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Dometios metropolitan of Chalcedon (eleventh century)

Accession number BZS.1958.106.35
Diameter 20 mm
Condition Blank too small for die; the channel runs horizontally.
Previous Editions

DO Seals 3, no. 77.1.


Indistinct bust of a female saint (no doubt Euphemia), her head covered by a veil and holding a martyr's cross. No inscription or border visible.


Inscription of four lines. No border visible.


Δομετίῳ μητροπολίτῃ Χαλκηδόνος


Δομετίῳ μητροπολίτῃ Χαλκηδόνος.

Dometios metropolitan of Chalcedon.


In his edition Laurent proposed that Κ(ύρι)ε β(οή)θ(ει) preceded the inscription, but this is unlikely owing to the lack of space. The restitution of the rare name Dometios is uncertain but no other possibilities leap out.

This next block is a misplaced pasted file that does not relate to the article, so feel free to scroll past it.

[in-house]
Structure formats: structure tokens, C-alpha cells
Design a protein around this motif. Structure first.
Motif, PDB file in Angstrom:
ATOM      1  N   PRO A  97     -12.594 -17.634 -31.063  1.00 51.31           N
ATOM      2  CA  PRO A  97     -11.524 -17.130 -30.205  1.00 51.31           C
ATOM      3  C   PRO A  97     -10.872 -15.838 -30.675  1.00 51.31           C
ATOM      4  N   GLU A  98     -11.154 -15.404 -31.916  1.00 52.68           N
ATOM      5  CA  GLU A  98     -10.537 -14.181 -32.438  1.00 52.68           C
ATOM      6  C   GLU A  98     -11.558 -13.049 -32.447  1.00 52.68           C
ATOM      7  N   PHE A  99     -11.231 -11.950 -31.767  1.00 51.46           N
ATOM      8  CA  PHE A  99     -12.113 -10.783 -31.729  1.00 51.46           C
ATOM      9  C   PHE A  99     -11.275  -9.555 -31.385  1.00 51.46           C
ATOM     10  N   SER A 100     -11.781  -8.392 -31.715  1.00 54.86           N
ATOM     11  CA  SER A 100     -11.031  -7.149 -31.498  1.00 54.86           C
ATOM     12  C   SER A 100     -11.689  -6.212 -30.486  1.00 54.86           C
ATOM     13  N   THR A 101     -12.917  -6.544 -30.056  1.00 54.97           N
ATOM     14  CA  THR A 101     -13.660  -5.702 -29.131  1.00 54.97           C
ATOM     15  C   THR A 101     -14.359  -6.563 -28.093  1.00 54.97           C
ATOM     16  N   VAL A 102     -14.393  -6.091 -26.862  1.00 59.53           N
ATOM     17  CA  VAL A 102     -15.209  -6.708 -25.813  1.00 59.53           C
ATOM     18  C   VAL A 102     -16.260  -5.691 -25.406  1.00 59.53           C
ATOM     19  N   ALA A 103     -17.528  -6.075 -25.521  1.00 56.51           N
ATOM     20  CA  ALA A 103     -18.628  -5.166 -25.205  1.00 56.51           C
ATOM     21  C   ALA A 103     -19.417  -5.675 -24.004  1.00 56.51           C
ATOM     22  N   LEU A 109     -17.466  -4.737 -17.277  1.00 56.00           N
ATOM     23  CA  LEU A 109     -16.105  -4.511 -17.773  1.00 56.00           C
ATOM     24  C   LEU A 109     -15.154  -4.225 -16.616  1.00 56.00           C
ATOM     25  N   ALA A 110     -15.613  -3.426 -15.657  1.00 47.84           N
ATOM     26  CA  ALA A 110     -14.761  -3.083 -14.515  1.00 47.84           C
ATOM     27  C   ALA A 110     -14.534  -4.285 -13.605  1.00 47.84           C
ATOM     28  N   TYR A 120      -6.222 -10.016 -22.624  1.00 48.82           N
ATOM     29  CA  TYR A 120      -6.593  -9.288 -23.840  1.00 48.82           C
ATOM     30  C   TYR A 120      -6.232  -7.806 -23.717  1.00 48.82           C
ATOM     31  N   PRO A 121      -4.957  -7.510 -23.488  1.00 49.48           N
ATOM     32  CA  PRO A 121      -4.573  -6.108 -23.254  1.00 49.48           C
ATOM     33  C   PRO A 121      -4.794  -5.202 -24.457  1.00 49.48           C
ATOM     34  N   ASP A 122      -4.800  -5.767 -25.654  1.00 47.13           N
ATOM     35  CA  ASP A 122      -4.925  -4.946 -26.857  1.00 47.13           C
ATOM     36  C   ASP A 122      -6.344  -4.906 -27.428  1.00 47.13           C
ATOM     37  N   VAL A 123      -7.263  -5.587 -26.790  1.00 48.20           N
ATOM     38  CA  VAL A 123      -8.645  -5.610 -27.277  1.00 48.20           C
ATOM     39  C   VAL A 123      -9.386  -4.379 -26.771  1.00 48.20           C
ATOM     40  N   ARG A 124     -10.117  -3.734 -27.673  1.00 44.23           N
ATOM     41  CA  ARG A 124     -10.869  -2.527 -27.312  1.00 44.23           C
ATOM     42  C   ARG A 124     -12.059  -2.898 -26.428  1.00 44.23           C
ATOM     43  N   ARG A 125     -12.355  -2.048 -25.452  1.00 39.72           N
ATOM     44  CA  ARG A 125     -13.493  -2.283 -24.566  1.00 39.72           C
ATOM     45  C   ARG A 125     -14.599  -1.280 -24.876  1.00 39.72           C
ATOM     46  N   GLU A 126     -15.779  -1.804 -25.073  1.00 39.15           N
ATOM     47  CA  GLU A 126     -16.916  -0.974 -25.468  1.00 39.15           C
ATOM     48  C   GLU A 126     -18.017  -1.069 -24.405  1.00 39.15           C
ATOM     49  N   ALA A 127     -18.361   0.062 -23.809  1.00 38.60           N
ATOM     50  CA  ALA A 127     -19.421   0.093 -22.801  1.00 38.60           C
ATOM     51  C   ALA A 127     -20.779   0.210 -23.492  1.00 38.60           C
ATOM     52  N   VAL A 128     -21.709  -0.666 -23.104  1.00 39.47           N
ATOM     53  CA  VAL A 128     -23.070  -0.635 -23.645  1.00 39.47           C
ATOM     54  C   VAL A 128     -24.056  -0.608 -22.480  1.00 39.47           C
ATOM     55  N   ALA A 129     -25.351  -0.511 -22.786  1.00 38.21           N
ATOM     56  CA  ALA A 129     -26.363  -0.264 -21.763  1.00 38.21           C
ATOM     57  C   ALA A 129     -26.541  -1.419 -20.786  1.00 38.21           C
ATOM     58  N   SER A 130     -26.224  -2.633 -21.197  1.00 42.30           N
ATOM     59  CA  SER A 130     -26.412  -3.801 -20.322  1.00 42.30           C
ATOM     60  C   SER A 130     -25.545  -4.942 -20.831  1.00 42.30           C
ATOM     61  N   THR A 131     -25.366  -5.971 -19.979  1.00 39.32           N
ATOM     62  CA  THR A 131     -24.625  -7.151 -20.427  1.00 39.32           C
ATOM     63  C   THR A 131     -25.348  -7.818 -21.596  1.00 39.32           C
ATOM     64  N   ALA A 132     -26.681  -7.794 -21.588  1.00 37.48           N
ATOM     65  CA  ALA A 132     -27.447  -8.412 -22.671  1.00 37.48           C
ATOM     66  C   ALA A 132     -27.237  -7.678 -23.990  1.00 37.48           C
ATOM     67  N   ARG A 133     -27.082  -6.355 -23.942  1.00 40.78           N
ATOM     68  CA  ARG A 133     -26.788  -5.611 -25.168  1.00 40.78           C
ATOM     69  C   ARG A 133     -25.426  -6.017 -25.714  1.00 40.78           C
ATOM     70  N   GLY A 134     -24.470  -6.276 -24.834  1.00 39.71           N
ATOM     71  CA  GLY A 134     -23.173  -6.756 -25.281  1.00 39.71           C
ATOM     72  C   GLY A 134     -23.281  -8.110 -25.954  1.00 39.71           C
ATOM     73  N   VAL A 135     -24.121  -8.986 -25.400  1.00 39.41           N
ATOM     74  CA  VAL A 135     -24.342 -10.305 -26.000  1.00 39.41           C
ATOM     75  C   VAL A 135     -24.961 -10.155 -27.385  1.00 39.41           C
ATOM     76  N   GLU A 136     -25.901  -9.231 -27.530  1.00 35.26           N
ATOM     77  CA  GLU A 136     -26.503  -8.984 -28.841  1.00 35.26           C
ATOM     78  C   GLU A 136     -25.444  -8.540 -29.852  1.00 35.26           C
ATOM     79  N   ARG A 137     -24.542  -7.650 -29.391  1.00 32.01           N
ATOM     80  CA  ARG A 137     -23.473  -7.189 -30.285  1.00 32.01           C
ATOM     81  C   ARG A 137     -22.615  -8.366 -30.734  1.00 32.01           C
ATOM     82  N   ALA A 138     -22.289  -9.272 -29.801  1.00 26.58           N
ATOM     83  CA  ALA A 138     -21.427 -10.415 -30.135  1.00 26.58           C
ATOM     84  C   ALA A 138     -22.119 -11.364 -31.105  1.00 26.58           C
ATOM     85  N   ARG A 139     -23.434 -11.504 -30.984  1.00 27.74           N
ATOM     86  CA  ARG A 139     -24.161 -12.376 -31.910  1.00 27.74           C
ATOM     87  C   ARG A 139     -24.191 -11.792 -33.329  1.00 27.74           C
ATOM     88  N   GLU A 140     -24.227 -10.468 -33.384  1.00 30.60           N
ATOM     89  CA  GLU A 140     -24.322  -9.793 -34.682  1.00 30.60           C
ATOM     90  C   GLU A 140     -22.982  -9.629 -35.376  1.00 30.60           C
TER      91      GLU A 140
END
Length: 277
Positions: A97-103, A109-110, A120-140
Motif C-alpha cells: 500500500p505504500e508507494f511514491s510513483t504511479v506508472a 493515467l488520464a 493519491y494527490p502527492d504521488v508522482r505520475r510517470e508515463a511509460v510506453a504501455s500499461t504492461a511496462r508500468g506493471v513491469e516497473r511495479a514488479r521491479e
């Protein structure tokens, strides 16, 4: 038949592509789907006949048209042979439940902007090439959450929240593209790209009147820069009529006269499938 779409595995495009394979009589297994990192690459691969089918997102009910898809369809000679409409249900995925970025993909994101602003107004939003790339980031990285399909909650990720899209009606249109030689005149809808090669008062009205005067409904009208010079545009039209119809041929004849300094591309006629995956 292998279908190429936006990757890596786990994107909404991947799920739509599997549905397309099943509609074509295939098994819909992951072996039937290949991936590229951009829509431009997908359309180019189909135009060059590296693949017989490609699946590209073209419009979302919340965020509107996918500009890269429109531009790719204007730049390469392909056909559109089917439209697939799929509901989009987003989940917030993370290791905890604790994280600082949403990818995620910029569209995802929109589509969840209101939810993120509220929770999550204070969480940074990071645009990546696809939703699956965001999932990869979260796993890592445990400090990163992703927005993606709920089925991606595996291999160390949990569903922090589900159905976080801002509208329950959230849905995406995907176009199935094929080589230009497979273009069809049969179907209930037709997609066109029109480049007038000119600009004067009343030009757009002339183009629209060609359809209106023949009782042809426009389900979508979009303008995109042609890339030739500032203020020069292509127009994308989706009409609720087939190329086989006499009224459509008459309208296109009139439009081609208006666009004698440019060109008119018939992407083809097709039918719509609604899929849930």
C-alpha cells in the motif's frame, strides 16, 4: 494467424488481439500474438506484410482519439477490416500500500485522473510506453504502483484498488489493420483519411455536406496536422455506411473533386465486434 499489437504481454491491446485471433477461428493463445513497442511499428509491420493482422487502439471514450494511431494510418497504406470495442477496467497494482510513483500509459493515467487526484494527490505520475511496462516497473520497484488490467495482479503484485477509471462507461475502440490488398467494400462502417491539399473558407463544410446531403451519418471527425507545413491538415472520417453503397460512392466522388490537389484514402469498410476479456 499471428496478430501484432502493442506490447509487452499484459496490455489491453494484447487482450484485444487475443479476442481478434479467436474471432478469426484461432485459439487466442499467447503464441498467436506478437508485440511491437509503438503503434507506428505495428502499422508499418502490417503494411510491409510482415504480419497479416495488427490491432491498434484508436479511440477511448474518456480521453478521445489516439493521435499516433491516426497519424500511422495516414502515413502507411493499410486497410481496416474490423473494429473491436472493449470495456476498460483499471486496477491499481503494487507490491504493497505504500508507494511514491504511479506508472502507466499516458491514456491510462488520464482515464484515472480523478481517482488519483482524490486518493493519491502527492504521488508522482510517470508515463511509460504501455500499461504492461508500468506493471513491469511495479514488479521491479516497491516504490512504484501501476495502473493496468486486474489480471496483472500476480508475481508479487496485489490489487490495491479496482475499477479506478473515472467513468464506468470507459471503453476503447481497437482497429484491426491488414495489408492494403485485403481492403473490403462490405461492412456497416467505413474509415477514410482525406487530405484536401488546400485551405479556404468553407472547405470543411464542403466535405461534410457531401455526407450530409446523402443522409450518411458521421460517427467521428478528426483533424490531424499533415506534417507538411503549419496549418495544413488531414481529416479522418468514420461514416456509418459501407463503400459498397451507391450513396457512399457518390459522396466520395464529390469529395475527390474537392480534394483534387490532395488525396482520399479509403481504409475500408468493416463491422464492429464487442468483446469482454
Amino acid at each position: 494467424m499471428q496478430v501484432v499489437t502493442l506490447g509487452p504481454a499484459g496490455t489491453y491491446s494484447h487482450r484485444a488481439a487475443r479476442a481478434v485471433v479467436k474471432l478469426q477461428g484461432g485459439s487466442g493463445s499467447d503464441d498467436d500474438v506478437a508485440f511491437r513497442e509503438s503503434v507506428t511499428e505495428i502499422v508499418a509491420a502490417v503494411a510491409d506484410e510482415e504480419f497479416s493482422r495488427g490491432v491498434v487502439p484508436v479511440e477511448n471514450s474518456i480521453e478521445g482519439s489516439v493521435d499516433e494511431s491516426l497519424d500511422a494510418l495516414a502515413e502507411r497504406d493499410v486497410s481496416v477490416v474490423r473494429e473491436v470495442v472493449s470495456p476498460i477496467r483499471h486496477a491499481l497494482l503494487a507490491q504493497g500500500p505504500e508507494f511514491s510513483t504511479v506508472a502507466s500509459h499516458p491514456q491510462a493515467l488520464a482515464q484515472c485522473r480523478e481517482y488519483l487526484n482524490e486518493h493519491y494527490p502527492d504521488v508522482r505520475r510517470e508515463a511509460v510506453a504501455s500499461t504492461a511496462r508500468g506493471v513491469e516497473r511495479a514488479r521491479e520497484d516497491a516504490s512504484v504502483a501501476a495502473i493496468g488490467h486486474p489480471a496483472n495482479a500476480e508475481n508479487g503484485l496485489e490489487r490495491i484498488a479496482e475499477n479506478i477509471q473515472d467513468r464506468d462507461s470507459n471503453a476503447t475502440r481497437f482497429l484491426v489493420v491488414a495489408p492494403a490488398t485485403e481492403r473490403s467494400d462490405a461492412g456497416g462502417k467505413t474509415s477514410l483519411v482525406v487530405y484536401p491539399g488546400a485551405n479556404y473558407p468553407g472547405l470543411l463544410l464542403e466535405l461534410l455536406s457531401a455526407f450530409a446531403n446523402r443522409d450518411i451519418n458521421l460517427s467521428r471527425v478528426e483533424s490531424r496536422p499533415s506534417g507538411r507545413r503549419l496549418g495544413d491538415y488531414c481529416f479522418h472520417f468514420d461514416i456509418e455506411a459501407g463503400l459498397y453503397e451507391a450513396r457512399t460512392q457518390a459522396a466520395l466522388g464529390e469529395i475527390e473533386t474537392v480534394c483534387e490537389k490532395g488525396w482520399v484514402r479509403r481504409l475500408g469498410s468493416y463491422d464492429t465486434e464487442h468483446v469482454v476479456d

Chalcedon, modern Kadiköy, located on the Asiatic coast opposite Constantinople, was established as a metropolis in 451 by Emperor Marcian. It was unusual in that at no time did it have suffragans. Despite the presence of a hippodrome, a palace, and numerous churches and monasteries, nearly all traces of its Byzantine past have disappeared (Janin, Grand centres, 31-35, 423-26; Laurent, Corpus V/1, 289; ODB I, 403). The most famous of its sanctuaries was the church of St. Euphemia (martyred in 303), a fourth-century foundation (destroyed by the Persians) which served as the site of the Council of 451. Euphemia is the saint usually depicted on the seals of the metropolitans of Chalcedon; (see F. Halkin, Euphémie de Chalcédoine, Brussels, 1965).